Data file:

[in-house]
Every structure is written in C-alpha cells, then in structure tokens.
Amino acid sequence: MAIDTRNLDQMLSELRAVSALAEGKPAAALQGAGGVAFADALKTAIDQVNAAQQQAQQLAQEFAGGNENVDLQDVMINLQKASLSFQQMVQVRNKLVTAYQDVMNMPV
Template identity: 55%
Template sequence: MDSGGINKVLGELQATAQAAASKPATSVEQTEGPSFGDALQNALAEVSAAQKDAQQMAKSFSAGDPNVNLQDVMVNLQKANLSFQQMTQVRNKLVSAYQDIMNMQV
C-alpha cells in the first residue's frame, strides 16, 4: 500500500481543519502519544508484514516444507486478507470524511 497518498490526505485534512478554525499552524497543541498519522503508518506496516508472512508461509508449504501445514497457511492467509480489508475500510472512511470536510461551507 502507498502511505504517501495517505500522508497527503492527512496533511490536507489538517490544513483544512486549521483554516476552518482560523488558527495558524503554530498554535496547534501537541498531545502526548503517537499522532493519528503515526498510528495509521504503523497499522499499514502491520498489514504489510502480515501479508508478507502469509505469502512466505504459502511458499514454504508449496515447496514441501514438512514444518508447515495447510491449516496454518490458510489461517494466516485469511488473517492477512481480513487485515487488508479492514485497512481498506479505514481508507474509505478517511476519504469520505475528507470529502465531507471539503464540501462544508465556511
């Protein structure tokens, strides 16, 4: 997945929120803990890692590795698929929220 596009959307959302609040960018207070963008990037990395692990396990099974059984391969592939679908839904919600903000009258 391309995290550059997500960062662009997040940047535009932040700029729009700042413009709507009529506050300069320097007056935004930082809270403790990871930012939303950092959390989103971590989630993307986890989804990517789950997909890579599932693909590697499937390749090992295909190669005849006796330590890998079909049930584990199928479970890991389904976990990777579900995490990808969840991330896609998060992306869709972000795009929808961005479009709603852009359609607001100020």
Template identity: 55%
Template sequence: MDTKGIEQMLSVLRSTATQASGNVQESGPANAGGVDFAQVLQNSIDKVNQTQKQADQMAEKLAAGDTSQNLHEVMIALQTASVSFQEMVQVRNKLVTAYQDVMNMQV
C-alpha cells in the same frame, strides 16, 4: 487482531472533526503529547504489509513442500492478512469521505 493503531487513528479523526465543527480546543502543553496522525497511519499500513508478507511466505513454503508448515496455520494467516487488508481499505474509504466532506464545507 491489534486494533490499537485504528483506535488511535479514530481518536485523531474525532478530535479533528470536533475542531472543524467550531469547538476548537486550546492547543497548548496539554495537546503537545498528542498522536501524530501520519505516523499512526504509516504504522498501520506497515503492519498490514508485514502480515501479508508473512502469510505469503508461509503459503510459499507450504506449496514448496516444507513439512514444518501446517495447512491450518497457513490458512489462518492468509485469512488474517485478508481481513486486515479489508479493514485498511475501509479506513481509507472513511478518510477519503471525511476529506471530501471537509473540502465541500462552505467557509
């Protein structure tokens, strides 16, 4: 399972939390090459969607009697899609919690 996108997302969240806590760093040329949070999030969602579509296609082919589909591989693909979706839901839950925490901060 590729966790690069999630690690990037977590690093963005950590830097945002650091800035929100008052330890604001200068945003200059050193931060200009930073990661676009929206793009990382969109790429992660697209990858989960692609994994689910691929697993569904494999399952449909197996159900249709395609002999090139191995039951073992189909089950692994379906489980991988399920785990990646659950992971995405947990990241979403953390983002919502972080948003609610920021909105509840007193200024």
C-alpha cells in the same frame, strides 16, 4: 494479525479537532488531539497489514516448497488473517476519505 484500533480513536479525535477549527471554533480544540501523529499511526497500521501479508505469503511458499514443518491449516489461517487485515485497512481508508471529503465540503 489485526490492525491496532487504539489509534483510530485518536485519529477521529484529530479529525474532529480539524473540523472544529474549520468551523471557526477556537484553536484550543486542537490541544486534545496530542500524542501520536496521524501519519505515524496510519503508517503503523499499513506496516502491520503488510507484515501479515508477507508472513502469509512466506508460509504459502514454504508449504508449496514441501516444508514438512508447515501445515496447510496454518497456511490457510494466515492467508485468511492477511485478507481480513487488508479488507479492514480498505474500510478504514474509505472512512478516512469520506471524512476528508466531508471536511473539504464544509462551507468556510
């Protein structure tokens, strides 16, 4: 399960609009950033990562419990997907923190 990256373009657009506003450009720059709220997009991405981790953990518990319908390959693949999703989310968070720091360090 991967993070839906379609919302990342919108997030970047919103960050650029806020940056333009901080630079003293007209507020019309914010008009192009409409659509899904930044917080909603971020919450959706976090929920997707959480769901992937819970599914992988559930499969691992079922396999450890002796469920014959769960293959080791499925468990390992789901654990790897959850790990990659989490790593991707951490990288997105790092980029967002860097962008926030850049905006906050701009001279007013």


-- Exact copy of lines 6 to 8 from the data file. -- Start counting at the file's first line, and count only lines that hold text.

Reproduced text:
C-alpha cells in the first residue's frame, strides 16, 4: 500500500481543519502519544508484514516444507486478507470524511 497518498490526505485534512478554525499552524497543541498519522503508518506496516508472512508461509508449504501445514497457511492467509480489508475500510472512511470536510461551507 502507498502511505504517501495517505500522508497527503492527512496533511490536507489538517490544513483544512486549521483554516476552518482560523488558527495558524503554530498554535496547534501537541498531545502526548503517537499522532493519528503515526498510528495509521504503523497499522499499514502491520498489514504489510502480515501479508508478507502469509505469502512466505504459502511458499514454504508449496515447496514441501514438512514444518508447515495447510491449516496454518490458510489461517494466516485469511488473517492477512481480513487485515487488508479492514485497512481498506479505514481508507474509505478517511476519504469520505475528507470529502465531507471539503464540501462544508465556511
């Protein structure tokens, strides 16, 4: 997945929120803990890692590795698929929220 596009959307959302609040960018207070963008990037990395692990396990099974059984391969592939679908839904919600903000009258 391309995290550059997500960062662009997040940047535009932040700029729009700042413009709507009529506050300069320097007056935004930082809270403790990871930012939303950092959390989103971590989630993307986890989804990517789950997909890579599932693909590697499937390749090992295909190669005849006796330590890998079909049930584990199928479970890991389904976990990777579900995490990808969840991330896609998060992306869709972000795009929808961005479009709603852009359609607001100020």
Template identity: 55%